You Can Now Hack Alexa Thanks To The Copyright Office
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Voice assistants are not something that you think of owning. They’re a distinct personality that you interact with, drawing knowledge from the greater internet. However, when you get right down to it, Alexa and Siri are just programs. They come installed on your gadgets and run on code. In fact, you can get them to do some pretty funky things with the right know-how. While tweaking with virtual assistants may you may have gotten into some trouble in the past, the copyright office is on our side now. According to a recent proposal, jailbreaking the voices that fact-check bar bets for us is now perfectly legal.
The law being tweaked is section 1201 of the Digital Millenium Copyright Act. This forbids end users from circumventing locks put on products by the manufacturers. The law’s broad nature has raised all sorts of issues for home tinkerers. Everyone from those who want to backup media they own to farmers who want to repair tractors affordably has been affected. Every few years, Congress hears testimony from these folks asking for common sense solutions to these tough problems. In this case, many of the suggestions got through, and DIY specialists have a few more legal avenues to follow.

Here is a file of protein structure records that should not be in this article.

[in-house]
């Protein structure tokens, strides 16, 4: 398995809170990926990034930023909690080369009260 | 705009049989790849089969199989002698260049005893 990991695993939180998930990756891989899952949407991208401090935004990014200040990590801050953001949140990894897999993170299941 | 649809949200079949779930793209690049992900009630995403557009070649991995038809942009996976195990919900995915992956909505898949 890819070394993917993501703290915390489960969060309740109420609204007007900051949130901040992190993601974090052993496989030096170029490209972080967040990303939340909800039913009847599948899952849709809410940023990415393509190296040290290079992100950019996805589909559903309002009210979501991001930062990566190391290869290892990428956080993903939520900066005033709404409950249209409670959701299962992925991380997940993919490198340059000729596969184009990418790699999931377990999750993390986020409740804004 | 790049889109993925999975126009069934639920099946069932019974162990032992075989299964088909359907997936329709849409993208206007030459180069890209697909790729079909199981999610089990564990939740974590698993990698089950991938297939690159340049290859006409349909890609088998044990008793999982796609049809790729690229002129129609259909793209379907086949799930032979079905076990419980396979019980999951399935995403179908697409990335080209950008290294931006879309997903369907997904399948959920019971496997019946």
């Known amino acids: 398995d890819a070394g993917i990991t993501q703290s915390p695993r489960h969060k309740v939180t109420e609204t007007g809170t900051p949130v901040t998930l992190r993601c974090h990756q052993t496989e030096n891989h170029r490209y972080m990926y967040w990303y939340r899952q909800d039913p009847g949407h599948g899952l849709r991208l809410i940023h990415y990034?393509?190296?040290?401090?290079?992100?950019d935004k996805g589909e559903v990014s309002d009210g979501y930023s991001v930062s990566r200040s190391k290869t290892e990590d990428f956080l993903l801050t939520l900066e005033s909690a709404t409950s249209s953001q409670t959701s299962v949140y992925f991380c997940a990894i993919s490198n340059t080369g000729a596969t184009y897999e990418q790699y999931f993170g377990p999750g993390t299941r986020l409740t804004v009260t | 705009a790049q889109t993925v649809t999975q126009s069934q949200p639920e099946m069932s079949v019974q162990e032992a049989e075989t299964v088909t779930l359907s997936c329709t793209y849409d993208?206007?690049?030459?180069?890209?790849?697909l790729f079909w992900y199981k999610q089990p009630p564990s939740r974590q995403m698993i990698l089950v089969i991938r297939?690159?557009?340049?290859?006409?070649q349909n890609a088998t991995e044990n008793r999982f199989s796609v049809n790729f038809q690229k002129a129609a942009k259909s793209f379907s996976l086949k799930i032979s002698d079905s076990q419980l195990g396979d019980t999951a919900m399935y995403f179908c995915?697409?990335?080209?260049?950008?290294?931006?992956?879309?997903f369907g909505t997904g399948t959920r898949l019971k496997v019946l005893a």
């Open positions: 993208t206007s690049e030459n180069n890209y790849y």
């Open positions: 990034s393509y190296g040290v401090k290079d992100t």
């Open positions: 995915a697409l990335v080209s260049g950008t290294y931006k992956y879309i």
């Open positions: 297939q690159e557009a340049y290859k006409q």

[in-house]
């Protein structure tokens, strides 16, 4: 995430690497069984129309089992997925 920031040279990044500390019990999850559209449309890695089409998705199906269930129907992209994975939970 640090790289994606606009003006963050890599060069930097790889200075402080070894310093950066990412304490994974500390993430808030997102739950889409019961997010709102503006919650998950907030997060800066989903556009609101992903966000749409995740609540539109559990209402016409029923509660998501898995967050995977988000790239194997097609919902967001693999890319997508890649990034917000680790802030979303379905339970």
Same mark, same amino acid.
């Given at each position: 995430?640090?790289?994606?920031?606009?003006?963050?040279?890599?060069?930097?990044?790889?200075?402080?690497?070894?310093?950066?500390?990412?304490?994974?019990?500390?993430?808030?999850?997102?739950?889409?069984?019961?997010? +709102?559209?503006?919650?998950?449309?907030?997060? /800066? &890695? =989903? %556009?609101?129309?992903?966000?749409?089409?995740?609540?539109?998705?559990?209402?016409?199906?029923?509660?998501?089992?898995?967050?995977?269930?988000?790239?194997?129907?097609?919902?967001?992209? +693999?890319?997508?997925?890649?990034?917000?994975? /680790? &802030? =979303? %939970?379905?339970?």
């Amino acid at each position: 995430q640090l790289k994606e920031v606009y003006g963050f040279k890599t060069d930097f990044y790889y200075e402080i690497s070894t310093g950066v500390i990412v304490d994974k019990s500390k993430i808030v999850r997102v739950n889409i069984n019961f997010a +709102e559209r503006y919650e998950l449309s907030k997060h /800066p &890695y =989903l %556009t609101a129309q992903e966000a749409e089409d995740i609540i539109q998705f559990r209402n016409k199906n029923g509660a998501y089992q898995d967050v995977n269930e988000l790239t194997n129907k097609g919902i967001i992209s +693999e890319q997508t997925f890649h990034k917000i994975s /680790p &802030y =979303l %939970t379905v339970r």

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Jailbreaking Alexa-powered gadgets is just the beginning, too. This ruling, which goes into effect as of Oct. 28, has wide-reaching consequences for anyone who owns smart gadgets. There is now a general exemption for repairing smartphones and other home devices. This lets shops repair and restore devices bricked by the manufacturer for being out of date. You’ll no longer have to worry about buying a home security system that stops detecting after a system-wide update. You can also now unlock and tinker with phones out of the box, and those tractor owners can now tweak the software in their vehicles.
Of course, you can expect that the companies providing you with all this tech are going to fight back. For example, if you tear apart an Alexa and try to program in new commands, Amazon may detect that and shut off the normal service. Since most virtual assistants are run by corporations, it may be hard to customize them as of now. However, if the scene gets big enough, you can expect an open source database to take up the mantle and provide a new option for those savvy enough to find it.